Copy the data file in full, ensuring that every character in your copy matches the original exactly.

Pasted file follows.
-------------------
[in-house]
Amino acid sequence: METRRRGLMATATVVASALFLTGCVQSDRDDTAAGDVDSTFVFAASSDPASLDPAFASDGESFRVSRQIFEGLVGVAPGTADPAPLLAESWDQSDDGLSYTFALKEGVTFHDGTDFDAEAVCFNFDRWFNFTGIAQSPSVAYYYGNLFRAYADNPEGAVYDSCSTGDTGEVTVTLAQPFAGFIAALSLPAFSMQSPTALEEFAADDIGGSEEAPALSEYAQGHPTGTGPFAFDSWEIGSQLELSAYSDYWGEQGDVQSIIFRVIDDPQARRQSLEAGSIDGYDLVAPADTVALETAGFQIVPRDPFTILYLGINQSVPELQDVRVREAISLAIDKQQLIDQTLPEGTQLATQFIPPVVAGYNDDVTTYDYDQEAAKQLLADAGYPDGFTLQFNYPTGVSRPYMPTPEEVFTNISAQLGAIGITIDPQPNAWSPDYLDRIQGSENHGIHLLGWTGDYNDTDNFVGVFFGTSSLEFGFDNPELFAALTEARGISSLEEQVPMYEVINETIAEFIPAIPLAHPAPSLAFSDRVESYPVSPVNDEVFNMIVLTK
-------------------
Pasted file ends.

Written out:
[in-house]
Amino acid sequence: METRRRGLMATATVVASALFLTGCVQSDRDDTAAGDVDSTFVFAASSDPASLDPAFASDGESFRVSRQIFEGLVGVAPGTADPAPLLAESWDQSDDGLSYTFALKEGVTFHDGTDFDAEAVCFNFDRWFNFTGIAQSPSVAYYYGNLFRAYADNPEGAVYDSCSTGDTGEVTVTLAQPFAGFIAALSLPAFSMQSPTALEEFAADDIGGSEEAPALSEYAQGHPTGTGPFAFDSWEIGSQLELSAYSDYWGEQGDVQSIIFRVIDDPQARRQSLEAGSIDGYDLVAPADTVALETAGFQIVPRDPFTILYLGINQSVPELQDVRVREAISLAIDKQQLIDQTLPEGTQLATQFIPPVVAGYNDDVTTYDYDQEAAKQLLADAGYPDGFTLQFNYPTGVSRPYMPTPEEVFTNISAQLGAIGITIDPQPNAWSPDYLDRIQGSENHGIHLLGWTGDYNDTDNFVGVFFGTSSLEFGFDNPELFAALTEARGISSLEEQVPMYEVINETIAEFIPAIPLAHPAPSLAFSDRVESYPVSPVNDEVFNMIVLTK